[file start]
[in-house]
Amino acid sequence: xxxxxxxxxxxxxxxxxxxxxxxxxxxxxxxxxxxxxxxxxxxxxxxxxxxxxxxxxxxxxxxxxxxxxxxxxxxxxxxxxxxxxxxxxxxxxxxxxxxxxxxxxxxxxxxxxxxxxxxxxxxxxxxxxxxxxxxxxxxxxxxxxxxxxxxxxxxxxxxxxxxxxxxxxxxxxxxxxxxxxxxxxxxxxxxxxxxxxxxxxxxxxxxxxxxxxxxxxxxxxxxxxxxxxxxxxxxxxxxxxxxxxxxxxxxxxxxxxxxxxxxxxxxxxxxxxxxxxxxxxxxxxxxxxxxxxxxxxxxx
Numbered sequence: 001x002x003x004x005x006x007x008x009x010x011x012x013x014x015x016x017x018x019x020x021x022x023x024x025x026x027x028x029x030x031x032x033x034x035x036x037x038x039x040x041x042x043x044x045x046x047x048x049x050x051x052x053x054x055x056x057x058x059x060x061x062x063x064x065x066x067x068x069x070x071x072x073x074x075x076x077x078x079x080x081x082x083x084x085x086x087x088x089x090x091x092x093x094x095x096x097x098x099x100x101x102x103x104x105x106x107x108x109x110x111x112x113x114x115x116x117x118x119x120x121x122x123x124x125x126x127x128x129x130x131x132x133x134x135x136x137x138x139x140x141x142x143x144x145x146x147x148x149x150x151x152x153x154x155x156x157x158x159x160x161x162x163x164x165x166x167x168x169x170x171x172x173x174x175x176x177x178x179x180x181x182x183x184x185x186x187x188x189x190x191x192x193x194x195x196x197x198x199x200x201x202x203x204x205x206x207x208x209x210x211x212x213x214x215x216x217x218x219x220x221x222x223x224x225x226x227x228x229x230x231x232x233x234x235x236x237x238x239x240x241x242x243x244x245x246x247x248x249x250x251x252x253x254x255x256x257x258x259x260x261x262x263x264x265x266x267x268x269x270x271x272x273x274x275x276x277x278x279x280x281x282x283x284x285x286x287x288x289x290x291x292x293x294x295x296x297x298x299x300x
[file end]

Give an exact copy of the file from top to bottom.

[in-house]
Amino acid sequence: xxxxxxxxxxxxxxxxxxxxxxxxxxxxxxxxxxxxxxxxxxxxxxxxxxxxxxxxxxxxxxxxxxxxxxxxxxxxxxxxxxxxxxxxxxxxxxxxxxxxxxxxxxxxxxxxxxxxxxxxxxxxxxxxxxxxxxxxxxxxxxxxxxxxxxxxxxxxxxxxxxxxxxxxxxxxxxxxxxxxxxxxxxxxxxxxxxxxxxxxxxxxxxxxxxxxxxxxxxxxxxxxxxxxxxxxxxxxxxxxxxxxxxxxxxxxxxxxxxxxxxxxxxxxxxxxxxxxxxxxxxxxxxxxxxxxxxxxxxxx
Numbered sequence: 001x002x003x004x005x006x007x008x009x010x011x012x013x014x015x016x017x018x019x020x021x022x023x024x025x026x027x028x029x030x031x032x033x034x035x036x037x038x039x040x041x042x043x044x045x046x047x048x049x050x051x052x053x054x055x056x057x058x059x060x061x062x063x064x065x066x067x068x069x070x071x072x073x074x075x076x077x078x079x080x081x082x083x084x085x086x087x088x089x090x091x092x093x094x095x096x097x098x099x100x101x102x103x104x105x106x107x108x109x110x111x112x113x114x115x116x117x118x119x120x121x122x123x124x125x126x127x128x129x130x131x132x133x134x135x136x137x138x139x140x141x142x143x144x145x146x147x148x149x150x151x152x153x154x155x156x157x158x159x160x161x162x163x164x165x166x167x168x169x170x171x172x173x174x175x176x177x178x179x180x181x182x183x184x185x186x187x188x189x190x191x192x193x194x195x196x197x198x199x200x201x202x203x204x205x206x207x208x209x210x211x212x213x214x215x216x217x218x219x220x221x222x223x224x225x226x227x228x229x230x231x232x233x234x235x236x237x238x239x240x241x242x243x244x245x246x247x248x249x250x251x252x253x254x255x256x257x258x259x260x261x262x263x264x265x266x267x268x269x270x271x272x273x274x275x276x277x278x279x280x281x282x283x284x285x286x287x288x289x290x291x292x293x294x295x296x297x298x299x300x